Could unmanned vehicles be just the help that a thinly stretched carrier force needs?
THE MIL & AERO BLOG, 29 April 2014. It's difficult to gauge the importance of a U.S. Navy aircraft carrier. When an international crisis flares up, it's usually the carrier that is first on scene to handle a military confrontation or disaster relief.
A Nimitz-class carrier weighs 100,000 tons, is three and a half football fields long, and has a crew of 5,000. It can deploy more than 30 jet fighter-bombers, as well as specialty aircraft for electronic warfare, surveillance, anti-submarine warfare, and cargo replenishment.
The carrier is more than a symbol of modern U.S. military power. It's what the cavalry was on the Plains in the 19th century; when it arrives, you know the Americans are here.
It's no secret, however, that American aircraft carrier power is stretched thinly in this era of shrinking U.S. military budgets. Not too many people, though, have an idea just how thin that carrier power is on a day-to-day basis.
Take today, for example, 29 April 2014. The Navy has 10 active-duty carriers. That sounds like a lot, but what are they doing today? Of these 10 carriers, sources say, two are at sea. The USS George H.W. Bush (CVN 77) reportedly is operating in the North Arabian Sea, and the other, the USS Nimitz (CVN 68) is in the Eastern Pacific conducting flight-deck certifications.
One, the USS George Washington (CVN 73) is forward-deployed dockside in Yokosuka, Japan, and would be available for duty at sea on short notice.
Four carriers are docked at their home ports between deployments. The USS Carl Vinson (CVN 70) and USS Ronald Reagan (CVN 76) are in San Diego, and the USS Theodore Roosevelt (CVN 71) and the USS Harry S. Truman (CVN 75) are in Norfolk, Va.
Of the Navy's 10 carriers, three are laid-up for long-term repairs and upgrades and are not immediately available for duty. The USS Dwight D. Eisenhower (CVN 69) is drydocked at Portsmouth, Va. The John C. Stennis (CVN-74) is drydocked in Bremerton, Wash., and the Abraham Lincoln (CVN 72) is getting new atomic fuel in Newport News, Va.
So of those 10 aircraft carriers, just two are at sea today, and just two are located anywhere near potential political and military hot spots. Ten carriers doesn't sound like so many, now, does it? Moreover, this drives home just how important those forward-deployed carriers are. Need an air strike right now? Of those 10 carriers, there's just one that could respond.
It's a big world for that one aircraft carrier. It stands to reason that this carrier could use some help -- particularly when it comes to persistent-surveillance capability in the air, on the surface, and under water, and it just so happens that the scientists at DARPA have something in mind.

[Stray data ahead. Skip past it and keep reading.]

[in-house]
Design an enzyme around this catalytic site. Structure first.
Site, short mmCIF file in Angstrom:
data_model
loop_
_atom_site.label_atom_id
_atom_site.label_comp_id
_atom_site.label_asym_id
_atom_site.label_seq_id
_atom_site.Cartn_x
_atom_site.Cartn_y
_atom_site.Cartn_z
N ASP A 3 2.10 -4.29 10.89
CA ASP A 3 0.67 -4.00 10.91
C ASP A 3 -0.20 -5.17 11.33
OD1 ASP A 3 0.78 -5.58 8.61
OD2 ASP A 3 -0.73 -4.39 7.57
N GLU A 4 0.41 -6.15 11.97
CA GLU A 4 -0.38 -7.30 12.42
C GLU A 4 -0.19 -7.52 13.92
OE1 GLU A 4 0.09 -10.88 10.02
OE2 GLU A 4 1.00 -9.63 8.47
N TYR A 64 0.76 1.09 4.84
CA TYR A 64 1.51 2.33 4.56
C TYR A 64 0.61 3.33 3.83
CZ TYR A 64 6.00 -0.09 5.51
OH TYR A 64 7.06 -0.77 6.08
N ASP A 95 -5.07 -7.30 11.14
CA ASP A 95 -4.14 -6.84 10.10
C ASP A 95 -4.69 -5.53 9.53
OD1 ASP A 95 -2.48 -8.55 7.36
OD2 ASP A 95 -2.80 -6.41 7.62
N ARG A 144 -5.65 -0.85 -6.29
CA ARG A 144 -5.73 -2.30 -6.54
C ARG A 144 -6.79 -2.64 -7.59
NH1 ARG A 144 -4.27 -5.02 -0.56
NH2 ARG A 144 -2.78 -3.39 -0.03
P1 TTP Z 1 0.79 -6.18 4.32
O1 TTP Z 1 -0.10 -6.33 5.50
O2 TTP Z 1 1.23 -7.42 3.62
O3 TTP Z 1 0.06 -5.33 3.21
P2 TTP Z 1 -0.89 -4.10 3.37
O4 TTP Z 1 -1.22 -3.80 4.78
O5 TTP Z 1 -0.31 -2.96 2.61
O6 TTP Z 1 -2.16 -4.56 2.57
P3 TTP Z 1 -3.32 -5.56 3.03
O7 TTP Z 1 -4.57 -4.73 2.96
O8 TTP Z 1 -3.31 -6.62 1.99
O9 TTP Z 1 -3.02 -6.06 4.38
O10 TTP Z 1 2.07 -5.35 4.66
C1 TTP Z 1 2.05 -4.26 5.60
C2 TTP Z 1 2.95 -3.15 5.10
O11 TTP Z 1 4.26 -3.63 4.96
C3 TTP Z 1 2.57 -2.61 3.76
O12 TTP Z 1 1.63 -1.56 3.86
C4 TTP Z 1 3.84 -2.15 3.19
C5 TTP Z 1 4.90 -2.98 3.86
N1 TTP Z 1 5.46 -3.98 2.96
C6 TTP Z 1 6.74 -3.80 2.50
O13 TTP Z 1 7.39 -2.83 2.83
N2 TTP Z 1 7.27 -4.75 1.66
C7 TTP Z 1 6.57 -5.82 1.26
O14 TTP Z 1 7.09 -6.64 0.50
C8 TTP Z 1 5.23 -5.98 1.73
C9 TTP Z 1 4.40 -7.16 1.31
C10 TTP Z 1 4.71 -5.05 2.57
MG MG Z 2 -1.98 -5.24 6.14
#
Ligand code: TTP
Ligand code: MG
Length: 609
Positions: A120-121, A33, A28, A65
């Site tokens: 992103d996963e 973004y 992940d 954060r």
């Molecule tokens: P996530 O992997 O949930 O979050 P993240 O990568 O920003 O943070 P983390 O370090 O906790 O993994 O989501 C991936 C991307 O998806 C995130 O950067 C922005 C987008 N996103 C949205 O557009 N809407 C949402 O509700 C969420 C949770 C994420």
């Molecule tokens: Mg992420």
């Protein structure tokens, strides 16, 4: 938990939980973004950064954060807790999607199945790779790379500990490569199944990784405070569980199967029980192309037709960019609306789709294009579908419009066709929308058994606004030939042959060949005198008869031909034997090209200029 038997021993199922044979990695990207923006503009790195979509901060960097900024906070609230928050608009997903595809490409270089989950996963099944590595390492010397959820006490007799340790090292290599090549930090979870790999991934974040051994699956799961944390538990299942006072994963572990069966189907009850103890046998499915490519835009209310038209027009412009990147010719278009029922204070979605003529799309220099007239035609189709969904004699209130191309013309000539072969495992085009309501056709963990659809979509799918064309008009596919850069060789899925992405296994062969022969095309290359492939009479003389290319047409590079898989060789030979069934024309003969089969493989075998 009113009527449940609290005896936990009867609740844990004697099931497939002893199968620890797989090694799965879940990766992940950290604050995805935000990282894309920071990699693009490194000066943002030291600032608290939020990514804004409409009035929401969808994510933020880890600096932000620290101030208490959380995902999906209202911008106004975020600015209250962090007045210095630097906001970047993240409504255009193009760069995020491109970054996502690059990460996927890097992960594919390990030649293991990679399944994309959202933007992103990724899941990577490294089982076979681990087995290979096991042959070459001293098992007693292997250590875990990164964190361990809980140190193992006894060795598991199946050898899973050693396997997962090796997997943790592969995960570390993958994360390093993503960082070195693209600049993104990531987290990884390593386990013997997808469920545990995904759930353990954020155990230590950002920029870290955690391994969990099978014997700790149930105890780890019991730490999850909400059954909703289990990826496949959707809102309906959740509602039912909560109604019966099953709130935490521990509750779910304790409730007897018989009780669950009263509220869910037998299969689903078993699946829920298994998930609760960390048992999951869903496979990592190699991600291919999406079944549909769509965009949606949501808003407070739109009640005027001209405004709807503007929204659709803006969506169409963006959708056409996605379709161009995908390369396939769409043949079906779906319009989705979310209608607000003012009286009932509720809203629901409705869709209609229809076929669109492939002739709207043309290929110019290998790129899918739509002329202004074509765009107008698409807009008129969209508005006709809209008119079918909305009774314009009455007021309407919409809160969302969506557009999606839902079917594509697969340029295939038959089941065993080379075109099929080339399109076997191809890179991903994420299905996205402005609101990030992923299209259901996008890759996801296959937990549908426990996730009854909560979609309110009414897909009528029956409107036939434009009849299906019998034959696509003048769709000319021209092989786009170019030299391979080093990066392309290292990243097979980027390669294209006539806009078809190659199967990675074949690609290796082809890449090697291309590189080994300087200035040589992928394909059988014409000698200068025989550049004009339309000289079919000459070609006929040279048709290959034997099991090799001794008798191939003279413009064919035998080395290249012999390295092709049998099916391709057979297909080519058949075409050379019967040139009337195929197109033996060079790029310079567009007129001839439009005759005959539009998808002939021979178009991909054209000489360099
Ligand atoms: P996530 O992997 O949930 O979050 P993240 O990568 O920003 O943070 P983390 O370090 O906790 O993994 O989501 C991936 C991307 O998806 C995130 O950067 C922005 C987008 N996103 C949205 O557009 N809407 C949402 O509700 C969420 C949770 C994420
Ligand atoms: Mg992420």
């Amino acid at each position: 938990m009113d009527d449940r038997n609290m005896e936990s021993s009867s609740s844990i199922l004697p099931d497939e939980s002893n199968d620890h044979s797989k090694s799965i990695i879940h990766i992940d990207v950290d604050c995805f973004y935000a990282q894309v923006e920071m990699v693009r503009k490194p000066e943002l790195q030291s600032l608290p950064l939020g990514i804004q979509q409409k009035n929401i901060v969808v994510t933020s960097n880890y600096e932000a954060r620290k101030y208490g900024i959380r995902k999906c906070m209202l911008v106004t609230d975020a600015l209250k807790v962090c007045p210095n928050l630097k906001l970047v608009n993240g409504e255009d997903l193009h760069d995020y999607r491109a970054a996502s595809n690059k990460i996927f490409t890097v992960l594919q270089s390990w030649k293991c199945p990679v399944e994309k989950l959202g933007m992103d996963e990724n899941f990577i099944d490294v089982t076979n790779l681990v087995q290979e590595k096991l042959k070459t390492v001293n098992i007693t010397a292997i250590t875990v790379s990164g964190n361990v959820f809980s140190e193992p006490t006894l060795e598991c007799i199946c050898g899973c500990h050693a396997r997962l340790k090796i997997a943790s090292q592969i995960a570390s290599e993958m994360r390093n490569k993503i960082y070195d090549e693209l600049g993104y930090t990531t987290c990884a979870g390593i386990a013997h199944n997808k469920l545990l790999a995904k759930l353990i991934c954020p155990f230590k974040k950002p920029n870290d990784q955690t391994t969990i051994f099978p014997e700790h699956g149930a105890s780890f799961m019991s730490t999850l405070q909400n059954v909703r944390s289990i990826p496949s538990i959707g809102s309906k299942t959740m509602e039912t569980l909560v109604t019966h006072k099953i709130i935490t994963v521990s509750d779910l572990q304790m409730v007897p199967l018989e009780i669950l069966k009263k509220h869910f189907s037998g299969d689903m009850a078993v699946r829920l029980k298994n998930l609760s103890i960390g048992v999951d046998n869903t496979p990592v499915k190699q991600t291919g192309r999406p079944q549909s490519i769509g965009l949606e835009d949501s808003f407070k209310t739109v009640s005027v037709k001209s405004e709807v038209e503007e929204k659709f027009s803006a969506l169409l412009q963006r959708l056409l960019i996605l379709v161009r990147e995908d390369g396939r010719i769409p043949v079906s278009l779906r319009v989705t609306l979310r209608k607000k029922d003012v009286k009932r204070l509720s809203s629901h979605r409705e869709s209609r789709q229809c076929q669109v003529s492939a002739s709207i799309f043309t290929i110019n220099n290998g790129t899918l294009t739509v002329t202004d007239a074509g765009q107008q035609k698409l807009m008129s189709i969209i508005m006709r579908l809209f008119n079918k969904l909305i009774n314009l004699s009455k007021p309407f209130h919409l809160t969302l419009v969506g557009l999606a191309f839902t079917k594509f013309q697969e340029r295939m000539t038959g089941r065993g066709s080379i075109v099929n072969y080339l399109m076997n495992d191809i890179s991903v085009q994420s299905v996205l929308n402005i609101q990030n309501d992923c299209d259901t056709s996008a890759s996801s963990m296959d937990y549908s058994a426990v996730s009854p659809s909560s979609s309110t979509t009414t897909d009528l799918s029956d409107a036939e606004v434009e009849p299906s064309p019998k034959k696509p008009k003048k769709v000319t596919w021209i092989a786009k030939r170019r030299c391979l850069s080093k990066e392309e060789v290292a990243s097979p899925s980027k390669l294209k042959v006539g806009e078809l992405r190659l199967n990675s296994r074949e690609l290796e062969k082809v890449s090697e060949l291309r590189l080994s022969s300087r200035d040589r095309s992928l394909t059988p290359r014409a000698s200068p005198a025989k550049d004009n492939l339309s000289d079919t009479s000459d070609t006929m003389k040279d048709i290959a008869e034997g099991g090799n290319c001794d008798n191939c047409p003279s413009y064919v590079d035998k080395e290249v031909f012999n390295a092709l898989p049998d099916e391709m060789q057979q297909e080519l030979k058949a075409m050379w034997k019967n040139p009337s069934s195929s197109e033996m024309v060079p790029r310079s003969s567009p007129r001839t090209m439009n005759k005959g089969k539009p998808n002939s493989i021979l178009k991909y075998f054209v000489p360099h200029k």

They want to equip the F/A-18 Hornet jet fighter-bombers on that carrier's flight deck to deploy unmanned surveillance aircraft and submersibles quickly and at long ranges.
Need an unmanned underwater vehicle (UUV) to keep watch in the Persian Gulf TODAY? With this kind of capability, that carrier on station in the North Arabian Sea in the future might be the only way to do it.
Here's what DARPA is thinking about. The Navy F/A-18E/F Super Hornet has the ability to carry extra fuel in as many as five external fuel tanks for extended-range and tanker missions. They carry those fuel tanks on hard points underneath the fuselage and wings.
DARPA wants to see if it's possible to use some of those hard points not to carry fuel tanks, but instead to carry UUVs and unmanned aerial vehicles (UAVs) for quick and long-range deployment where they're needed most.
This kind of capability, however, won't be ready anytime soon, and may never see the light of day. Still, DARPA is hiring experts at the Raytheon Co. Missile Systems segment in Tucson, Ariz., to study if it's possible to launch UUVs and UAVs from the carrier-based Super Hornet.
Raytheon is the company to do this study. Not only does the company design many of the missiles that the Super Hornet carries, but the company's Integrated Defense Systems segment in Keyport, Wash., also produces the Navy's MK 54 MAKO Lightweight Torpedo, which can be launched from aircraft. Who better to help DARPA and the Navy with this challenge?
If it pans out, the ability to launch UUVs and UAVs from carrier-based strike aircraft could extend the carrier strike group's reach. And with a carrier force this thinly stretched, they can use all the help they can get.